4 4 The Good Life Faith Contentment: So Hard to Find but Well Worth the Search By Bailey Hagar, Jr. Special to the Good Life It was some thirty-seven years ago that I first began to understand that instead of happiness and pleasure, what people truly seek is something that the Apostle Paul had learned and described in his Epistle to the Philippians in the New Testament of the Bible. And even though Paul taught me in a few words the difference between contentment and happiness and I understood the incomparable value and longevity of contentment versus short-lived happiness, I have found myself opting time and time again to go back after that quickly vanished happiness. It's rather like finding out you are allergic to ice cream, but it tastes so good that you're willing to go through misery of the allergy time and again; an addiction of sorts. I want so much for as many as possible to understand contentment because it can bring you the good life no matter what is going on in your world. Paul, imprisoned for his faith, writes his friends and supporters in the church at Philippi: But I rejoiced in the Lord greatly that now at last your care for me has flourished again; though you surely did care, but you lacked opportunity. Not that I speak in regard to need, for I have learned in whatever state I am, to be content: I know how to be abased, and I know how to abound. Everywhere and in all things I have learned both to be full and to be hungry, both to abound and to suffer need. I can do all things through Christ who strengthens me. (Philippians 4:10-13) I am certain that Paul did not rejoice in his imprisonment. None of us is jumping for joy Manor House when things are going wrong in our lives, whether due to our own choices or by circumstance. Haven't we all made choices that we would take back in a heartbeat if only we could? But, at the place we are today, we can choose to begin learning as Paul did to be content. As my Pastor, Dave Miller, Rocky Hill Community Church, pointed out in a recent sermon, Learning to be content is a process in which the result doesn't come over night. It is not an instant gift of the Holy Spirit. Being content with what we do or don't have can only be learned. Paul had finally reached the pinnacle of learning after choosing again and again to trust God for every outcome and need of his life. He had made terrible choices earlier in his life that made him the self-described chiefest of sinners. But, then he began to trust God for everything and to learn to live content. Contentment overshadows sadness and pain while enhancing joy and wellbeing. I pray that today we all would have the faith to learn to be content in spite of our current situations, our pasts and our unknown futures. The Good Life comes through contentment. My wife, Sandy, treasures a gift from a friend a figurine of an obviously relaxed Carnation-like cow that came with the admonition: Remember to be content. Let's remind one another to strive to be content today every day through Christ who strengthens me! Bailey Hagar, Jr. serves as executive director of The Creative Center in Visalia. Previously he spent eight years in ministry at the Exeter Church of God. Keep an eye out for the next issue of G dlife The April 2014 Senior Living at its Best! Beautiful Bedrooms with Private Bath Individually Controlled Heating & Cooling Three Meals a Day & Snacks Close to Churches, Shopping & Recreation Call Today and Schedule a FREE Lunch & Tour! For Seniors 62 & Over Lenox Exeter Monthly rent includes Meals, Housekeeping, Laundry & Utilities Rooms Available Now! A tranquil setting offering a high staff to resident ratio, offering the best in care! Daily Living Skills Assistance 24 Hour Care Medication Supervision Special Diet Accommodations Fitness Path Companionship & Planned Activities Call today to schedule a free tour! License # (559) Pinkham, Visalia, CA Great selection of NEW VEHICLES ready for delivery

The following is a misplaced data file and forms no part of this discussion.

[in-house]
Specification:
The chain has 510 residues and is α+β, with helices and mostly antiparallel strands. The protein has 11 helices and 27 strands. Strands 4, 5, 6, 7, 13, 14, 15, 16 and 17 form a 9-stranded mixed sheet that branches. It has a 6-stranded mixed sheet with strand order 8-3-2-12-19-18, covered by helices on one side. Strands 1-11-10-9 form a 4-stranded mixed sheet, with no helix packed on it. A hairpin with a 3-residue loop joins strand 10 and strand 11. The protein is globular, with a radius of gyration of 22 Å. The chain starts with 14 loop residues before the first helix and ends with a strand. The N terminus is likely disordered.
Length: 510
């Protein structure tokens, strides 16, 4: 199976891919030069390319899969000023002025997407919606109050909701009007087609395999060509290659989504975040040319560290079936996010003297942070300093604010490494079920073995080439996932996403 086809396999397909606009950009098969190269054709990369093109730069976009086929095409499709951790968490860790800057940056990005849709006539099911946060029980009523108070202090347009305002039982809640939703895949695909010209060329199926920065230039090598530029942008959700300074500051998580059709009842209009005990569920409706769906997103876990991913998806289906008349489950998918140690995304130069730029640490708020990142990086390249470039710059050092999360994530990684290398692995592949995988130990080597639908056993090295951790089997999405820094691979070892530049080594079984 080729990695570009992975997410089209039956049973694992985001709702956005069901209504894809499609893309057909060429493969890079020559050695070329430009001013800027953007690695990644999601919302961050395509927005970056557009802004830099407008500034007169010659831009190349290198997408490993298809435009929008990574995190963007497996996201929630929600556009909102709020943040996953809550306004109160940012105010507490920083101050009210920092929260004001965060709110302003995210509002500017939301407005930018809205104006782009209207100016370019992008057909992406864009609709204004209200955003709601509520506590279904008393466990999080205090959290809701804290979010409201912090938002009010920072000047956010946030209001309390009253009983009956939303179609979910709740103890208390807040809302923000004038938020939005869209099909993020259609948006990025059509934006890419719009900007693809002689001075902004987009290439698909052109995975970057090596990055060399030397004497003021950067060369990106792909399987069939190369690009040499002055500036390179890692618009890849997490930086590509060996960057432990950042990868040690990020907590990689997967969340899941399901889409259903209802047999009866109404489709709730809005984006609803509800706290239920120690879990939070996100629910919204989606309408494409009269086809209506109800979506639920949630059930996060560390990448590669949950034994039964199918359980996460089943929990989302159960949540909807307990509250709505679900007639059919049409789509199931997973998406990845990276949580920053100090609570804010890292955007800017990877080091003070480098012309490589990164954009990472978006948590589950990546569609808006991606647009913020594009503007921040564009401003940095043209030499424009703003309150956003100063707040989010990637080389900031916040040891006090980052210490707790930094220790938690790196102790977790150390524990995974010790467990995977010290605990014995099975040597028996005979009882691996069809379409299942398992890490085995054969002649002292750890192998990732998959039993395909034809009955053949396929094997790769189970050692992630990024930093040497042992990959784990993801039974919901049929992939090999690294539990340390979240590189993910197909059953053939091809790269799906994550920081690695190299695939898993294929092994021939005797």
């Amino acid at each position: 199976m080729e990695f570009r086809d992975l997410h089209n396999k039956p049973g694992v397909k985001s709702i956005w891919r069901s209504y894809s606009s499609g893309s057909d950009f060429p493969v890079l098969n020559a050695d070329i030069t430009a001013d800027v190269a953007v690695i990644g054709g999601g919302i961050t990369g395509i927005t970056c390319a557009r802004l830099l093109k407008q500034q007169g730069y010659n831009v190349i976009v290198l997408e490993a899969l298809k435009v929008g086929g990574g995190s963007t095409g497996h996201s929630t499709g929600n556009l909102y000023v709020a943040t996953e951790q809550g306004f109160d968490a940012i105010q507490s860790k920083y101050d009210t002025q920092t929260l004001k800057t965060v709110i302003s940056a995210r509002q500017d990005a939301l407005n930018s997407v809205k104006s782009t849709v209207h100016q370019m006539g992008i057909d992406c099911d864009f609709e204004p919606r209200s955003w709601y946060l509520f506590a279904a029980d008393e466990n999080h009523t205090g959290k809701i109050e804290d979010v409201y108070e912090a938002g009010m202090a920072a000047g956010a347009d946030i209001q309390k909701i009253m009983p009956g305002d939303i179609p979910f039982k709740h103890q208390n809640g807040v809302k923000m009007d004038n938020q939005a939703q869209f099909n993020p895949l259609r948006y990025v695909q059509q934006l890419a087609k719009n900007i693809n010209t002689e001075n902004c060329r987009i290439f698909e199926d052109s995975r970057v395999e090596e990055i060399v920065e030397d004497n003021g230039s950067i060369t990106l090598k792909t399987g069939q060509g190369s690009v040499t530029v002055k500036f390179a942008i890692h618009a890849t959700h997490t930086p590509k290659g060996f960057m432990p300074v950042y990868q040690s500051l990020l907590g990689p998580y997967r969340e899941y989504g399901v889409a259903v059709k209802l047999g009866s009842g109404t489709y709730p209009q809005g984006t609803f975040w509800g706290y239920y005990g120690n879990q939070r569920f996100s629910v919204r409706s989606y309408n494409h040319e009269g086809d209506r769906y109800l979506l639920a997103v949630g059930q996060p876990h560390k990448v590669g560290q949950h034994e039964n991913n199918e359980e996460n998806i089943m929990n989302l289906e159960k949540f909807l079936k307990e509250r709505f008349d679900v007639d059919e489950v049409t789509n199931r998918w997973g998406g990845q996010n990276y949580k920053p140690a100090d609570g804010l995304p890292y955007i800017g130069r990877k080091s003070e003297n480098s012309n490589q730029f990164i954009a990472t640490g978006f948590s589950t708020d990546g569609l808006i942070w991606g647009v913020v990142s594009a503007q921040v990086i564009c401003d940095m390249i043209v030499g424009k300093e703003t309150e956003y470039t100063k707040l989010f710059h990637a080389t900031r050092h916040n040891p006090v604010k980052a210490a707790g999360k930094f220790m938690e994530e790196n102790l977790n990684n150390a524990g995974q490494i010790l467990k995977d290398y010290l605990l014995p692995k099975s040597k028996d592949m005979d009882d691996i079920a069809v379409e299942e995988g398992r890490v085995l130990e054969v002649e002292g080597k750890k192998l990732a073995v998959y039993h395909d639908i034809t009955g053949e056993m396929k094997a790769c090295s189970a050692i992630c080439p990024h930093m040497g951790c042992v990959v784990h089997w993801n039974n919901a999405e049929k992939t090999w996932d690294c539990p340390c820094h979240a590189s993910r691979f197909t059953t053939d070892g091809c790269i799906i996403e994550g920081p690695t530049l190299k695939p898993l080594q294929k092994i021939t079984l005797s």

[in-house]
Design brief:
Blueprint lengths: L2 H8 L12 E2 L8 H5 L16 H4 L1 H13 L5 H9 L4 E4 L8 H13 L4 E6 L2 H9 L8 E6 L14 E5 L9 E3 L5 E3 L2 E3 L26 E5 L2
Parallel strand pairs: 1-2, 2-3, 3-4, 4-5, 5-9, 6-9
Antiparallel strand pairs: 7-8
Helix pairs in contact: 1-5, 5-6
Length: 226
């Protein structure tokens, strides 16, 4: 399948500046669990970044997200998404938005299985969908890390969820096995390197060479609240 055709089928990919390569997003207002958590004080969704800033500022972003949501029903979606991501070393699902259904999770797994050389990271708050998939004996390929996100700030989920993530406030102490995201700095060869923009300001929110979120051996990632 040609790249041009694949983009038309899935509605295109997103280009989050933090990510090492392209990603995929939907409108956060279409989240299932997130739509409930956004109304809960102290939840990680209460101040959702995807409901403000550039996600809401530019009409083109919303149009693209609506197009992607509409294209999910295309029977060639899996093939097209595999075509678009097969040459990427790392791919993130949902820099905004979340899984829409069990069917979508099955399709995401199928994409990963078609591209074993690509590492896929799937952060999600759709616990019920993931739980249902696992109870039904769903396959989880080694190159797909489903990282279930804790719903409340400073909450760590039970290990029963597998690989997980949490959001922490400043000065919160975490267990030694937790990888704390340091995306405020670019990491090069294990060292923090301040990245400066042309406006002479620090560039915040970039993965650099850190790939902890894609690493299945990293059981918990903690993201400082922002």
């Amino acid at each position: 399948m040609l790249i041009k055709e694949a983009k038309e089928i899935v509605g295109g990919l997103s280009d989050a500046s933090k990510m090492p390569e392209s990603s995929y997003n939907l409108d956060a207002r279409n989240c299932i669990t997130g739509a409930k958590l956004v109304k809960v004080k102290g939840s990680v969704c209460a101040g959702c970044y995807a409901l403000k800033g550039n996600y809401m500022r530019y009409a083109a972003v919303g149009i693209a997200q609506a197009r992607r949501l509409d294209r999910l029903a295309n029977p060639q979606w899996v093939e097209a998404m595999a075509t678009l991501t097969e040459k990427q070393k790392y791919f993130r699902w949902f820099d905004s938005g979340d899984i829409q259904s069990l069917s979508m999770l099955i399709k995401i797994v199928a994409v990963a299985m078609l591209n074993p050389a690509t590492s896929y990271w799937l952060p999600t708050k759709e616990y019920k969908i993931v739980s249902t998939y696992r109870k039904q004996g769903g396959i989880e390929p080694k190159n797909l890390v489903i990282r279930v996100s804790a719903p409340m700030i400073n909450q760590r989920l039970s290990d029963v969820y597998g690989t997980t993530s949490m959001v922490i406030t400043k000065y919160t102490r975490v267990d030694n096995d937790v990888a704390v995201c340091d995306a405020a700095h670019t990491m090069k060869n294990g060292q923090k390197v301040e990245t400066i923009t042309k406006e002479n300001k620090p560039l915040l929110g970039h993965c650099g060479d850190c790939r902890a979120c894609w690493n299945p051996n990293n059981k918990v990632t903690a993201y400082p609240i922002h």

5 The Good Life 5 Home Gardening in the Central Valley with Peyton Ellas Winter is a Time for Planning the Garden Winter, the season of fewer garden chores, is a good season for planning changes you will make in the spring. Pruning deciduous trees and shrubs for safety or to control size, finishing clean-up and adding mulch and compost to existing beds are the main tasks of winter. It is best for the plant if we delay removing frost-damaged foliage until spring, if we can tolerate the appearance. In dry winters such as this, we must also monitor our garden's water GET WELL. GO HOME. RAPID RECOVERY REHABILITATION We understand that after a physical injury, disease or disability, it may be difficult to carry out activities of daily living. We want to help you or your loved one gain back independence. needs more closely. Water needs are lower, but even our deciduous trees, shrubs and dormant perennials and grasses need some water. Long gaps between storms require us to continue to irrigate. The ground should be moist, but avoid oversaturation. Be prepared to turn off irrigation system or delay watering when a storm does deliver measurable rain, to avoid wasting our precious stored water. See Gardening on page 7 Volunteer Corner Local Animal Shelters Need Help Two area animal shelters are seeking volunteers to socialize dogs and cats, and to help them find loving homes. No doubt, it is difficult to see animals that have been abandoned, or born because the owner didn't opt to have their pet spayed. Even more difficult is seeing animals that Unstuffed Cabbage Rolls Cabbage contains a lot of beneficial nutrients. It is known for calming stomach ulcers and aiding in the prevention of cancer, especially colon cancer. Cabbage is a very alkaline forming food. have been neglected or abused. But through volunteers, these pets have a second chance for a good life. Most shelters have limited personnel and funding. That is where volunteers come in. And even those with a limited amount of time can make a difference. Kings County Animal Services continually needs volunteers to See Animal Shelters on page 7 Photo courtesy of Kings County Animal Services Kings County Animal Services Mall Adoption Center Manager Carolyn Keith gets ready for a day at the Mall Adoption Center. Preparation: In a large skillet, heat olive oil over medium heat. Add ground beef and onion and cook, stirring, until ground beef is no longer pink and onion is tender. Add garlic and continue cooking for one minute. Add chopped cabbage, tomatoes, tomato sauce, pepper, and salt. Bring to a boil. Cover and simmer for 20 to 30 minutes, or until cabbage is tender. Serves 6 to 8. Recipe brought to you by The journey toward home begins here Delta Nursing & Rehabilitation Center 514 N. Bridge St, Visalia Hanford Nursing & Rehabilitation Center 1007 W. Lacey Blvd., Hanford Kings Nursing & Rehabilitation Center 851 Leslie Lane, Hanford Tulare Nursing & Rehabilitation Center 680 E. Merritt Ave., Tulare Ingredients: 1 1/2 to 2 pounds lean ground beef or turkey 1 tablespoon oil 1 large onion, chopped 1 clove garlic, minced 1 small cabbage, chopped 2 cans (14.5 ounces each) diced tomatoes 1 can (8 ounces) tomato sauce 1/2 cup water 1 teaspoon ground black pepper 1 teaspoon sea salt Bringing the Farmers' Market to Your Door!